The invincibility fable is the mistaken idea that one is indestructible. Teenagers may think they may never get hurt when engaging in risky behavior. Look for examples of the invincibility fable in the film you view for this lesson.

In youth, conformity is emphasized. Many young teenagers, especially, pressure one another to act, speak, dress, and think alike.

Formal operational thought can be accompanied by the ability to see possibilities never before considered. Youth are often idealistic as a result. However, what is possible is not the same as what is likely.

Some current concerns in education in the United States include reducing the rate of students who drop out of school before completing their high school diplomas, the impersonal nature of large, bureaucratic high schools, and the issue of where to group students by age in school. Should sixth graders be included in elementary school or should they be part of a junior high? Should ninth graders be at the top of their school in a junior high or should they attend school with seniors? What would be the advantages and disadvantages of each?

We now turn our attention to relationships and psychosocial development in adolescence.

The beginning of our modern idea of adolescence as a time of storm and stress can be traced to G. Stanley Hall. Hall wrote a 3 volume work documenting the lives of youth in 1909. As people relocated to large industrial cities in the U. S., youth became more visible and gained the attention of social workers and others concerned with development. Hall believed that the storm and stress of adolescence is created by the biological changes associated with puberty. But for many teens, adolescence is not a period of storm and stress. It seems to be a more stressful time for those who are also experiencing other stressors, perhaps at school or at home. Consider your adolescence. Would you like to return to that period in your life? Why or why not?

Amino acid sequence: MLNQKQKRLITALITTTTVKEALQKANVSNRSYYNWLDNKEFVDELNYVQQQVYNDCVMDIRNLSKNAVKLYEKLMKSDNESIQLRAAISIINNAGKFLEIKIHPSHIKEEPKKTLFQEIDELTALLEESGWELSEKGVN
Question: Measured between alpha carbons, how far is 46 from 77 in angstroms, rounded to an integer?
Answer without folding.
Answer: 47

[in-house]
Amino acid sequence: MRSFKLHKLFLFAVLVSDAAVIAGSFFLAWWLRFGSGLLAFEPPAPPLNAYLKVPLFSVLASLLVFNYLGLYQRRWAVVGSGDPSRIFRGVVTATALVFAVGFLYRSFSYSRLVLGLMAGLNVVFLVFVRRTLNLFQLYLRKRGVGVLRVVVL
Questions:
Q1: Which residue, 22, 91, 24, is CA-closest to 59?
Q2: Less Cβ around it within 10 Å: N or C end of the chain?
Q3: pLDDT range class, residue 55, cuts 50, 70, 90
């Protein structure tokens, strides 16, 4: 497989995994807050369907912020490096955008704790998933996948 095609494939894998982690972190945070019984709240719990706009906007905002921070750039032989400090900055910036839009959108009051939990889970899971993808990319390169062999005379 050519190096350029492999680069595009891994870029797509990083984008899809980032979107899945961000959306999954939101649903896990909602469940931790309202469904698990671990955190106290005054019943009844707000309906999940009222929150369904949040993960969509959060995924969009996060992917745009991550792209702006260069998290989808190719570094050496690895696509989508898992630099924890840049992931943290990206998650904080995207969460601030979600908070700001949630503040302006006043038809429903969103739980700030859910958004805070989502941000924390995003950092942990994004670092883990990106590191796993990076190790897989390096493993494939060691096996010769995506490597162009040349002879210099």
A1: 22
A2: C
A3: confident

Anna Freud wrote about adolescence and saw it as a period of temporary disruption as the id, ego, and superego are out of balance. Hopefully, the overactive id is brought under control by the ego or through the use of reason and by being realistic. The later years of adolescence are less volatile than early adolescence.

Erikson believed that the primary concern of adolescence is that of establishing identity. The teen struggles with the question, “Who am I?” Who am I physically, sexually, socially, vocationally, spiritually, academically, and so on? Hopefully, the teen postpones making any decisions that will lock him or her in prematurely. The teen needs to wait or go through a period of exploration, called a psychosocial moratorium, before making any long term decisions. Foreclosure occurs when others take that decision-making away from the teen. Having a criminal record or becoming a parent are examples of foreclosure. The teen that goes through adolescence without establishing an identity may be apathetic about the future. This is referred to as identity confusion.

Here is a list of what some teens reported that they wanted from their parents.

  • They wanted reasonable freedoms and privileges.
  • The wanted their parents to show faith in the decisions they made.
  • They wanted their parents to approve of them as people; not that they had to like everything the teen did or said.
  • They wanted their parents to be willing to listen to them.
  • The wanted their parents to show concern for them and to support them in their interests.